Our View: Thank you, nurses, other medical professionals
National Nurses Week, May 6-12, has rolled around at a pretty opportune moment, given all the accolades and appreciation so appropriately being heaped on medical professionals and others on the front line during the coronavirus pandemic.
The timing was just as good in 2016 in the view of Jerry Boothe of Duluth, whose letter to the editor in the News Tribune then praised nurses who were always “there to meet patient’s needs, whether it is to administer medications, assist with daily cares, or provide CPR in extreme cases when needed, and always with a smile. …
“Duluth has Blue Angels 365 days a year,” Boothe further wrote, cleverly drawing a comparison between the occasional visits to Duluth of the U.S. Navy flight demonstration squadron and medical scrubs.
What readers didn’t know was that Boothe was a patient in hospice care at the time with chronic obstructive pulmonary disease, or COPD. He was in hospice care from April 2015 until his death in November 2016.
“We had many nurses coming into our home and one that was a particular favorite,” Sharyn Boothe wrote this week to the News Tribune Opinion page, accurately suggesting her husband’s letter was relevant again and deserved renewed attention. “Prior to that, he had a triple bypass in 2010 at St Luke's Hospital (and) during his recovery process he was up walking with a nurse (and) had respiratory arrest, which caused cardiac arrest. The nurse performed CPR. He then was in the ICU for another 16 days, and he lived for another six years. It was a nurse that allowed these six years for us. …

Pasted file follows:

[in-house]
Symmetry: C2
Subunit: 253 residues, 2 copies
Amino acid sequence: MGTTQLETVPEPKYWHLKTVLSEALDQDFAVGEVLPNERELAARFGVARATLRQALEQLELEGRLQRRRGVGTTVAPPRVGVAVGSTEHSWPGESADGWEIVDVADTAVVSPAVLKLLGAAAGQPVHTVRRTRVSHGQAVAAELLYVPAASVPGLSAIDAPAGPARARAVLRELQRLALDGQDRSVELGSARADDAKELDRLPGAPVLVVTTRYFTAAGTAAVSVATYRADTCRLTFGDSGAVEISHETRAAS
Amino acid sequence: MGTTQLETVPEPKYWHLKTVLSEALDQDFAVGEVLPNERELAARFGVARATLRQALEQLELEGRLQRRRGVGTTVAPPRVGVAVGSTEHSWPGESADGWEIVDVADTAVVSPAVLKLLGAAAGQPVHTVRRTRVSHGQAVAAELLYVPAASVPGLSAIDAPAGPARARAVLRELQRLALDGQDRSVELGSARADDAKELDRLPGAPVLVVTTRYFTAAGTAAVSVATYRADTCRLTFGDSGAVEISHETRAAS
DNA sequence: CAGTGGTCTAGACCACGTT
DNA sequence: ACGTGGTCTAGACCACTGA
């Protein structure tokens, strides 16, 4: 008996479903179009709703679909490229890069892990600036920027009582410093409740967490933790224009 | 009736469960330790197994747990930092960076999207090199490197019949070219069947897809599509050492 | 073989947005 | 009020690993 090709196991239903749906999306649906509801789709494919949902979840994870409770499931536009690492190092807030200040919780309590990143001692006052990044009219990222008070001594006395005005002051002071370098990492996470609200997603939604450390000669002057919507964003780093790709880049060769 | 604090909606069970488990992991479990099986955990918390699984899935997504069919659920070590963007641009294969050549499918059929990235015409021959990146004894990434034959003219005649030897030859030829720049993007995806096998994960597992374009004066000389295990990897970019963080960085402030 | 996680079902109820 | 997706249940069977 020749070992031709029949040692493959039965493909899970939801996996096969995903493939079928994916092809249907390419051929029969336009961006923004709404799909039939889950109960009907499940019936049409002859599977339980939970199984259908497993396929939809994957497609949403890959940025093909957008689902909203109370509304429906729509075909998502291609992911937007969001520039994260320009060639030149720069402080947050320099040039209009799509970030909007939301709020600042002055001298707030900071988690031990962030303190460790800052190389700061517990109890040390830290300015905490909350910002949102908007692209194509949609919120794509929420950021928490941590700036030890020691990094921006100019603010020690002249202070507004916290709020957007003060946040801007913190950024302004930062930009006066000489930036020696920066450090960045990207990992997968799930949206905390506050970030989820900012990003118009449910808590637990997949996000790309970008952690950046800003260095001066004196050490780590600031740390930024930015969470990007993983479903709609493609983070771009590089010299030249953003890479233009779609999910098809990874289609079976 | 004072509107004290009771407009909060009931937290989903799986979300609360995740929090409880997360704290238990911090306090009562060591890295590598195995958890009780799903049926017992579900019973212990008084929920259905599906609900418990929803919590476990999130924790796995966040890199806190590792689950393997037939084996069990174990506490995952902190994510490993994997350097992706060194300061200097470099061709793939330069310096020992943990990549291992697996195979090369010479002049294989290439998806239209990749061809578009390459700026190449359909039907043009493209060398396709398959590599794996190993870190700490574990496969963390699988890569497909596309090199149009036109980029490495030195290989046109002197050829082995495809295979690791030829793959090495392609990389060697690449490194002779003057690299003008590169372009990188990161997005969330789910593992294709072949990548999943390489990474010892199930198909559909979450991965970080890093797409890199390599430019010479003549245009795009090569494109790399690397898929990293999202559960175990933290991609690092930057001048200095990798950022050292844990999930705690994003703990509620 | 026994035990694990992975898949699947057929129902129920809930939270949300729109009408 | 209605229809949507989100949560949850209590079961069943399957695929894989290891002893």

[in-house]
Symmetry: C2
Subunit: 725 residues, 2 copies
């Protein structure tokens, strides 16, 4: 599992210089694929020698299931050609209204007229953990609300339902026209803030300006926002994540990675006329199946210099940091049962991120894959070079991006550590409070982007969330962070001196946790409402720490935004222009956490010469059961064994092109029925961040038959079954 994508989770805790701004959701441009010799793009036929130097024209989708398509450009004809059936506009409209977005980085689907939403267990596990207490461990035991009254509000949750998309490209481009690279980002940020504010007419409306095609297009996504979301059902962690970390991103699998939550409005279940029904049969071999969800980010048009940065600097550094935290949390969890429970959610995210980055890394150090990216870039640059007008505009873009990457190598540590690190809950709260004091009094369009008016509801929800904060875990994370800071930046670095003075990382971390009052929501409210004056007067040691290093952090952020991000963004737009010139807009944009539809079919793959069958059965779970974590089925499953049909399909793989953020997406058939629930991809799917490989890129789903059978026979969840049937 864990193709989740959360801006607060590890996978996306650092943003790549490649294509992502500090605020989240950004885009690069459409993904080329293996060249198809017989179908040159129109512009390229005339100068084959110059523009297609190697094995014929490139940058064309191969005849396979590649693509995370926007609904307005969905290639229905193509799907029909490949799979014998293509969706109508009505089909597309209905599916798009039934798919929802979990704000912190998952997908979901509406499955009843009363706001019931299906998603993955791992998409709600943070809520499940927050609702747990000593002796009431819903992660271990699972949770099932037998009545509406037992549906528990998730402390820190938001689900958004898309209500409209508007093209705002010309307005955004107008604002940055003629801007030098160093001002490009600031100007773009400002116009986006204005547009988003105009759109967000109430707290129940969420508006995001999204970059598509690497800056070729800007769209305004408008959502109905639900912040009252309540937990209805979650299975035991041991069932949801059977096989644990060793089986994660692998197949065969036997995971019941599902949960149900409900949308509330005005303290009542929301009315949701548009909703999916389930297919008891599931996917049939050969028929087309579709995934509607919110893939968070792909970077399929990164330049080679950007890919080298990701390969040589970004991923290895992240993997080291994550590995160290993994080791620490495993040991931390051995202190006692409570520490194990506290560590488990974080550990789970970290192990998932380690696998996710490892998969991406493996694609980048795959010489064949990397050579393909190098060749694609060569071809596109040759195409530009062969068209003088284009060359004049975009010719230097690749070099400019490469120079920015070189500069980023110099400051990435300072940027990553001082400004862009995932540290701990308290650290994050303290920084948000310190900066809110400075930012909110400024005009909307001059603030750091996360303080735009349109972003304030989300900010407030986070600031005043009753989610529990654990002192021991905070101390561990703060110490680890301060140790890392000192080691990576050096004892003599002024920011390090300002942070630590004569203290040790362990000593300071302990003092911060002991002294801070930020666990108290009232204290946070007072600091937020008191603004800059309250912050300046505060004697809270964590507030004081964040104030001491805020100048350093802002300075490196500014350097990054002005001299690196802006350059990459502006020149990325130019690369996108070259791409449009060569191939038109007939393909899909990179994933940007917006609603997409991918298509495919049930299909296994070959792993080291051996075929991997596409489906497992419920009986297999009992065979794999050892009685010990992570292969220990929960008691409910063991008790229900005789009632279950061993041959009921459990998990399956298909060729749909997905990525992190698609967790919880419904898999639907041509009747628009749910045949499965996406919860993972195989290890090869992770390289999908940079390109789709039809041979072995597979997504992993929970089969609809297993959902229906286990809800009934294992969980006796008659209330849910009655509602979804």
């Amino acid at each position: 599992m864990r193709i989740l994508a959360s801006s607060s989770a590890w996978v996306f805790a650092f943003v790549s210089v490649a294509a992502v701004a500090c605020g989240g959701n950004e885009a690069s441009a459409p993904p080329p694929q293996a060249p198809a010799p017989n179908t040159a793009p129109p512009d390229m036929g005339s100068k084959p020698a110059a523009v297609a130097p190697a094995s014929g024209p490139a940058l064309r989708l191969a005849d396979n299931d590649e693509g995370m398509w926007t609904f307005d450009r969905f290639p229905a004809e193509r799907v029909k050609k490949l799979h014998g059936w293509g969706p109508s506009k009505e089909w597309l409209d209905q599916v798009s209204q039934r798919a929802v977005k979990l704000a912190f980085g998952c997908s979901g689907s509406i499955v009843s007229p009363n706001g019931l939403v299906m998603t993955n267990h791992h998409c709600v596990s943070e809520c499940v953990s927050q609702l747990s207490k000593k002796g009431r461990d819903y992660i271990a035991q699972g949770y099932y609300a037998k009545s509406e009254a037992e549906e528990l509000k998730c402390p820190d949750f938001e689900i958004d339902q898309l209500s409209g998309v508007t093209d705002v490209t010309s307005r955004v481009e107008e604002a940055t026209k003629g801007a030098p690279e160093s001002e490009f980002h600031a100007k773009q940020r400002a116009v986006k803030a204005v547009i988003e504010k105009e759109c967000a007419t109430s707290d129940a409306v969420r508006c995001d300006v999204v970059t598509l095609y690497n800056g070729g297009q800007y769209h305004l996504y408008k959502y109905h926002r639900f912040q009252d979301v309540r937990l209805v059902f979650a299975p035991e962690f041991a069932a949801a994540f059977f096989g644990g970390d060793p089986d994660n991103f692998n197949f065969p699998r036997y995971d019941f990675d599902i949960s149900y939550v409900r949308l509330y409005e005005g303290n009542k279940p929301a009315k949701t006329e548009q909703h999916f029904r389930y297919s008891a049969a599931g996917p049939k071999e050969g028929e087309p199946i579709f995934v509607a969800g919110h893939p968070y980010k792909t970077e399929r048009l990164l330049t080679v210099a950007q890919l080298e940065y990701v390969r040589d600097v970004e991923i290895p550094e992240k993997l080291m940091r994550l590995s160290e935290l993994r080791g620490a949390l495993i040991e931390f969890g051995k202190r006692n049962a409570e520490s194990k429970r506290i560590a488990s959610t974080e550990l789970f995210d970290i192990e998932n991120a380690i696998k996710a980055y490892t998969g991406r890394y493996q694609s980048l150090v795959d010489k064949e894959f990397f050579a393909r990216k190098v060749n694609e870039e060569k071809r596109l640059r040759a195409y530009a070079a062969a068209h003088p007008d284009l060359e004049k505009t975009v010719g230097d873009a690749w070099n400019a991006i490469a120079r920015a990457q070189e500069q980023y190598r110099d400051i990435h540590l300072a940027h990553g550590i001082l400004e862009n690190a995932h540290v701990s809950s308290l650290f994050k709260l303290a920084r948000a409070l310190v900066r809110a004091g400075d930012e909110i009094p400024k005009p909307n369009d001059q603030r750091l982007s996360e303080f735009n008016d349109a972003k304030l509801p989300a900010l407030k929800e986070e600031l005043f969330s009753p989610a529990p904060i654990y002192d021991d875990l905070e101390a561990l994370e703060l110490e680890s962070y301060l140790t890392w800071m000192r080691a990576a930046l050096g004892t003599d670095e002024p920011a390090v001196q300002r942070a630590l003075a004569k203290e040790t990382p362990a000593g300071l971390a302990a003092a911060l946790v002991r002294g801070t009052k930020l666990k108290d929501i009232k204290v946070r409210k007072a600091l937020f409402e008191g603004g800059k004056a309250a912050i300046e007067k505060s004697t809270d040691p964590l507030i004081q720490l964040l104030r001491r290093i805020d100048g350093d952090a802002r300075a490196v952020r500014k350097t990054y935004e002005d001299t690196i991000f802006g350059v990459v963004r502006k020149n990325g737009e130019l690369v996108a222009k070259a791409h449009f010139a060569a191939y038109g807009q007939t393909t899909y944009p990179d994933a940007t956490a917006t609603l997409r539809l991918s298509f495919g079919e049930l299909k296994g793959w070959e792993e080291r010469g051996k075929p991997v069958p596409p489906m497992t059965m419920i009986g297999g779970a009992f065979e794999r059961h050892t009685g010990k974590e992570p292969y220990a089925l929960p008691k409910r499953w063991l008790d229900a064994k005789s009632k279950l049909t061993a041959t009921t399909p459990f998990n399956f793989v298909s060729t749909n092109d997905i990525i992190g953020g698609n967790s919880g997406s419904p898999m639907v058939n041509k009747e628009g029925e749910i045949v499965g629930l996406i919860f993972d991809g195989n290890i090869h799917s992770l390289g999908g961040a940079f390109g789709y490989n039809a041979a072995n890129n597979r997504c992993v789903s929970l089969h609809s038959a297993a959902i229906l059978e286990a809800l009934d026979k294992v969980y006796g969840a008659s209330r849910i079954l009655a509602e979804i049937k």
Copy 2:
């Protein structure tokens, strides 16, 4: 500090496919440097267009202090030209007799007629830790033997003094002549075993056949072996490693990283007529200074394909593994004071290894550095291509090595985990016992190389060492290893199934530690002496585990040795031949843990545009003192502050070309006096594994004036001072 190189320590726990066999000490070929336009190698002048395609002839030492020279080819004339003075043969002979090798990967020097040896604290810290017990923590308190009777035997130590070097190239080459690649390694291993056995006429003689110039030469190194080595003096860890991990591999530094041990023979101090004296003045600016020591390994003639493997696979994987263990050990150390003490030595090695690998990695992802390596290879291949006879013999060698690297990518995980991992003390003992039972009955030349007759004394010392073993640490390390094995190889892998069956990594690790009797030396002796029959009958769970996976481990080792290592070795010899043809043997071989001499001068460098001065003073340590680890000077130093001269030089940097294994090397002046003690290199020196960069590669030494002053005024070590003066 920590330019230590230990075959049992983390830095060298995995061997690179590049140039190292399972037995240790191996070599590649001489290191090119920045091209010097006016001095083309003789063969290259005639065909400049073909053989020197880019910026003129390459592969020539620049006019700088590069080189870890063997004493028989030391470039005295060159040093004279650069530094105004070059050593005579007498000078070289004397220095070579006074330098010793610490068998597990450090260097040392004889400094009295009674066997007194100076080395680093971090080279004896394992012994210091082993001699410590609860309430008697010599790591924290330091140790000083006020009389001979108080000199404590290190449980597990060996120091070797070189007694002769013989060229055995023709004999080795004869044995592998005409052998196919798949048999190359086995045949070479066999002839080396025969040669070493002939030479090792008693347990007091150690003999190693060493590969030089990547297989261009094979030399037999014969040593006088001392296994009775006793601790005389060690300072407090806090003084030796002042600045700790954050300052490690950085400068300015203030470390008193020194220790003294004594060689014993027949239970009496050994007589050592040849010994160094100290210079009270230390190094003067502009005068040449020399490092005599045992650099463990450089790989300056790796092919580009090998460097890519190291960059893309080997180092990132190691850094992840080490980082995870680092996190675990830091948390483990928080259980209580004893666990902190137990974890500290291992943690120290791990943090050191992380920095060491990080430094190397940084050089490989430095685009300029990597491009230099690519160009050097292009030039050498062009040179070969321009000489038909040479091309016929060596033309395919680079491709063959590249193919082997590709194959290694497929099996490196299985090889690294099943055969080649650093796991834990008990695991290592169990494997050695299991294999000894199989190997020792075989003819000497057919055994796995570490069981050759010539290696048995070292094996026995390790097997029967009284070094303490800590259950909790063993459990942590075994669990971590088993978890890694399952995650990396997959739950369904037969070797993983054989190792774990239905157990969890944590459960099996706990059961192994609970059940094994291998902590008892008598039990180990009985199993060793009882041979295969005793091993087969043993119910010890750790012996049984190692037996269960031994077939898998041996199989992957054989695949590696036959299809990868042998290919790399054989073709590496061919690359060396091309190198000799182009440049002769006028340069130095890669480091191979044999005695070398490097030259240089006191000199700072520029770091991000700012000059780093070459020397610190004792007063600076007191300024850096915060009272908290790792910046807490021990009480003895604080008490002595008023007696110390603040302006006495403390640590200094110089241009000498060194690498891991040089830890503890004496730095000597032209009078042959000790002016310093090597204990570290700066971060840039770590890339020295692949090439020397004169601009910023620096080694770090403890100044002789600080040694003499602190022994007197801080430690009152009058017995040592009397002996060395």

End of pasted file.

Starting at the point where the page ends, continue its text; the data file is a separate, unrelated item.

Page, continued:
“He was always thankful for the care (of) the medical professionals that cared for him.”
A chance to express gratitude for all they do, for the excellent care they provide, is the whole intent of National Nurses Week, which was first observed in 1954, according to the American Nurses Association. The annual tribute ends on the birthday of Florence Nightingale, the founder of modern nursing. This year is the 200th anniversary of her birth, so the World Health Organization additionally declared 2020 as the “Year of the Nurse.” The WHO couldn’t possibly have known just how apt that designation would become.
“It is very fitting, especially at this time, to recognize the extraordinary efforts of nurses and caregivers everywhere for their service and sacrifice in keeping our communities healthy,” Brian Pattock, administrator of Benedictine Living Community Duluth, said in a statement this week announcing its activities for National Nurses Week.
Fitting indeed, but as Boothe reminded his Duluth neighbors during National Nurses Week in 2016, there’s never a wrong time to show gratitude toward and to appreciate nurses and other medical professionals. They care for us. And right now they need our support, even as we count on them to get us safely through this public health emergency.